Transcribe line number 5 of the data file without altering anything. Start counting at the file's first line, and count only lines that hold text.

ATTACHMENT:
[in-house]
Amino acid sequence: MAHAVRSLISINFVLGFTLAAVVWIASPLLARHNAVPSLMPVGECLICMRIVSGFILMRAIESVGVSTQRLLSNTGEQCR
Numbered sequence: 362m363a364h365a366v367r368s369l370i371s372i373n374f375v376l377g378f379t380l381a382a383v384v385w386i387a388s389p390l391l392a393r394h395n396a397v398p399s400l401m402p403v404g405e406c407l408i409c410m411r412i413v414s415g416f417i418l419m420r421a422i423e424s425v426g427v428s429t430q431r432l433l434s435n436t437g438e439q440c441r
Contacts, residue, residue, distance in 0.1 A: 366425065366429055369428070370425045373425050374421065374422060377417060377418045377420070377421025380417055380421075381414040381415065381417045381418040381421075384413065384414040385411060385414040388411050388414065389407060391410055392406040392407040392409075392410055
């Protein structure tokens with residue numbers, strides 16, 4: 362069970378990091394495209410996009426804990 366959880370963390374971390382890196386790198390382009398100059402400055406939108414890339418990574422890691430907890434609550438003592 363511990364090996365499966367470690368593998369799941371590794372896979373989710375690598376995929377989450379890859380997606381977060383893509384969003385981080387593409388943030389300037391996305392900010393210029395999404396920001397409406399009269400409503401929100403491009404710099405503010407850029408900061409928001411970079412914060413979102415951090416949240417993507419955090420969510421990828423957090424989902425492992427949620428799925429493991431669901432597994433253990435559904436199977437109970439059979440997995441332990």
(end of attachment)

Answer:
């Protein structure tokens with residue numbers, strides 16, 4: 362069970378990091394495209410996009426804990 366959880370963390374971390382890196386790198390382009398100059402400055406939108414890339418990574422890691430907890434609550438003592 363511990364090996365499966367470690368593998369799941371590794372896979373989710375690598376995929377989450379890859380997606381977060383893509384969003385981080387593409388943030389300037391996305392900010393210029395999404396920001397409406399009269400409503401929100403491009404710099405503010407850029408900061409928001411970079412914060413979102415951090416949240417993507419955090420969510421990828423957090424989902425492992427949620428799925429493991431669901432597994433253990435559904436199977437109970439059979440997995441332990």